Consider just what you'll get if you put the Democrats in charge

November 02, 2006|By Thomas Sowell

Perhaps nothing so captures the superficial, frivolous and irresponsible spirit of our times as the sudden boomlet for Barack Obama as a candidate for president of the United States.

He is a bright, personable and articulate young man, but what has he ever accomplished that would qualify him for the highest office in the nation and the leadership of the free world?

This is no criticism of Senator Obama. He has been in the Senate only a couple of years. Maybe a decade from now he will have crafted enough important legislation, or distinguished himself in some other way, as to be someone worth considering for president. But today? Just because he is fluent, smooth and black?

Similarly for Rep. Harold E. Ford Jr., who is running for the Senate in Tennessee. However moderate he may seem, his election could turn the Senate over to extremists such as Edward M. Kennedy of Massachusetts.

Both Mr. Ford and Mr. Obama are probably better than most congressional Democrats, but that is a very small claim in a high-tax party that has been irresponsible on national defense for decades and has fought against even modest attempts to control illegal immigration.

Contrary to what you might think from the way the media cover politics, elections are not about the careers of politicians but about the fate of the country. That fate is definitely on the line now, with a nuclear Iran and a nuclear North Korea looming over our children's future.

The time is long overdue to get serious about the caliber of people to whom power and responsibility are to be entrusted. That is especially important if the Democrats take control of the House of Representatives after this election.

They can be vague about their agenda, but they can't hide the facts about who will stand to wield power if they take over the House.

Everyone seems to be talking about Minority Leader Nancy Pelosi as a new speaker of the House after this year's elections. But is anyone interested in what she has done, as a guide to what to expect from her in a powerful position?

On immigration, Ms. Pelosi voted against tightening border security. House Speaker Dennis Hastert voted for it - and also led the fight that stopped the Senate amnesty bill from gaining approval in the House.

On taxes, Ms. Pelosi has paid no attention to their economic consequences and instead has repeated the standard Democratic line about "tax cuts for the wealthiest few, causing red ink as far as the eye can see."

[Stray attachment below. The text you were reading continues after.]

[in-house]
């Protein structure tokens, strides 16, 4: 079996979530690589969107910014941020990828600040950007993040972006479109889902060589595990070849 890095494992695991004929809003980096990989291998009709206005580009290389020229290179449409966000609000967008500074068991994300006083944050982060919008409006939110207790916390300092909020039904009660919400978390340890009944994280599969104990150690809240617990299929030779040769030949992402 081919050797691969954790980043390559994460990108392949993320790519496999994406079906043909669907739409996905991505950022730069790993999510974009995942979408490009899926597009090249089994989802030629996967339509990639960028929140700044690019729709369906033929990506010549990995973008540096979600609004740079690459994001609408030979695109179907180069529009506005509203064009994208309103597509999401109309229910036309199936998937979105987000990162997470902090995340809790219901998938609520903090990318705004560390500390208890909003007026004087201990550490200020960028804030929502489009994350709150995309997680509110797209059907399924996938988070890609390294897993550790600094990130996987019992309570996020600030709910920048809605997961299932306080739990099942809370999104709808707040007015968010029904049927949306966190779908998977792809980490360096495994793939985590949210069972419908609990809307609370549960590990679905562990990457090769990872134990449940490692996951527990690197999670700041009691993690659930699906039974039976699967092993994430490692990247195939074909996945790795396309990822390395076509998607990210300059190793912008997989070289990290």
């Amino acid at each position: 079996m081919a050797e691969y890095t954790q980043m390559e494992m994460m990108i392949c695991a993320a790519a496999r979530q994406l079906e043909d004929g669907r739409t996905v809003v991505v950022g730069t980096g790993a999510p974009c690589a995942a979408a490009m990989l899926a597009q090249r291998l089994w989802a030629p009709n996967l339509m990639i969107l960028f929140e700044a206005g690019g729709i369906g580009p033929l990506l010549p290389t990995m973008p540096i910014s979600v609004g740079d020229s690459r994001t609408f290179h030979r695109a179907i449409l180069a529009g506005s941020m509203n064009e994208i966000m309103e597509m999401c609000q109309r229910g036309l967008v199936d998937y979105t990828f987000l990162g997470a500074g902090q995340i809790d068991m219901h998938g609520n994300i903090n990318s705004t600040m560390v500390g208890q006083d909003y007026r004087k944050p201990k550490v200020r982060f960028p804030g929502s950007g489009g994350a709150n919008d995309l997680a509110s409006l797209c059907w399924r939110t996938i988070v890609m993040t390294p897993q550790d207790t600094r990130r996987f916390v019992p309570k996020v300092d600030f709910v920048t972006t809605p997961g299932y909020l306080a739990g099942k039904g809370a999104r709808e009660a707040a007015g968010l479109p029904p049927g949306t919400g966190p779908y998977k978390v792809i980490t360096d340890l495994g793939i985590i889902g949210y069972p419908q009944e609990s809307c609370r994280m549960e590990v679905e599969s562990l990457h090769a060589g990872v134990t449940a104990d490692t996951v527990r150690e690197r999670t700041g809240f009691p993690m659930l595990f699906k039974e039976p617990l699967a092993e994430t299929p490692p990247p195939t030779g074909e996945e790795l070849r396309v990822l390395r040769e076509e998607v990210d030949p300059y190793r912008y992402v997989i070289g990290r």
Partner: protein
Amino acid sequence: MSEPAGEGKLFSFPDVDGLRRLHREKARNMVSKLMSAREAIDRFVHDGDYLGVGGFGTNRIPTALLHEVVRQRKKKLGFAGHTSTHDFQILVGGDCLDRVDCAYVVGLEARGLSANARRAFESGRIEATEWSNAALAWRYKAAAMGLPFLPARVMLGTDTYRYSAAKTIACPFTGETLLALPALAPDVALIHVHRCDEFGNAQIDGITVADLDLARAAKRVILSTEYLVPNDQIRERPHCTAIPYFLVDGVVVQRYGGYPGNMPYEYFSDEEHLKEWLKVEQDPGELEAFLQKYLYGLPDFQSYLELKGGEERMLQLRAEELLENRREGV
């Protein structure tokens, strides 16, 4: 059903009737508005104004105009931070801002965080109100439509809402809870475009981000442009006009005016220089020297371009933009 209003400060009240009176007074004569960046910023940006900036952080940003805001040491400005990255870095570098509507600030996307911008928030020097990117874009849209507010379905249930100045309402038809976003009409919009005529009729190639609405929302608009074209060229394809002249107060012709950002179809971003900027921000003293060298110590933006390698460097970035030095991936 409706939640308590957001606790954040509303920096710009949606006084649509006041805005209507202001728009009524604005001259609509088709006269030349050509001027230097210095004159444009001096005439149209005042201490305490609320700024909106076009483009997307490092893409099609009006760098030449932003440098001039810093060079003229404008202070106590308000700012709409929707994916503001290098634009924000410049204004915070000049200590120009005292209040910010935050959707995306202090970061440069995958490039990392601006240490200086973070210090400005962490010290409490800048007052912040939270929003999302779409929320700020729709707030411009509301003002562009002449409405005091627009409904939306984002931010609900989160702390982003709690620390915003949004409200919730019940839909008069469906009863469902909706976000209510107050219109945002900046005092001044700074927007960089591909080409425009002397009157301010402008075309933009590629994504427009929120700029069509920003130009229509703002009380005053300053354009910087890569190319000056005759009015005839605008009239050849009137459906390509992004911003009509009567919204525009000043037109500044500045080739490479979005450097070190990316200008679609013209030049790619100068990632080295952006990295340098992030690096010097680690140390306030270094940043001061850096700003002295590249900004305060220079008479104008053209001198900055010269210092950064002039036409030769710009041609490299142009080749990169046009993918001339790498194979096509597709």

Cuts in tax rates have been followed by increases - repeat, increases - in tax revenues. This has happened not only during this administration but also as far back as the Kennedy administration.

Red ink comes from runaway spending, which can always exceed any increases in revenues. When a bill was introduced in the House to cut federal spending on welfare, Ms. Pelosi voted against it.

Upper-income earners - most of whom are not rich - have in fact paid more total taxes after the rates were cut, because these cuts have spurred economic growth and higher incomes. But to admit this would be to abandon the twin pillars of liberalism: higher tax rates and class-warfare rhetoric.

As regards the war on terrorism and the terrorists' war against the West, Nancy Pelosi has opposed having international phone calls to and from terrorists monitored by American intelligence agencies.

The liberal spin is that this is "domestic spying" when someone on one end of the line is within the United States.

Ms. Pelosi also doesn't think we are treating terrorists nice enough at Guantanamo. She wants to give them "rights" that neither the Constitution nor the Geneva Conventions give them.

This is from someone who, as speaker of the House, would be two heartbeats away from becoming president of the United States. We can only hope that the president and vice president never travel in the same car or fly on the same plane.

Thomas Sowell is a senior fellow at the Hoover Institution at Stanford University. His column appears Thursdays in The Sun. His e-mail is

Garrison Keillor's column will return next week.

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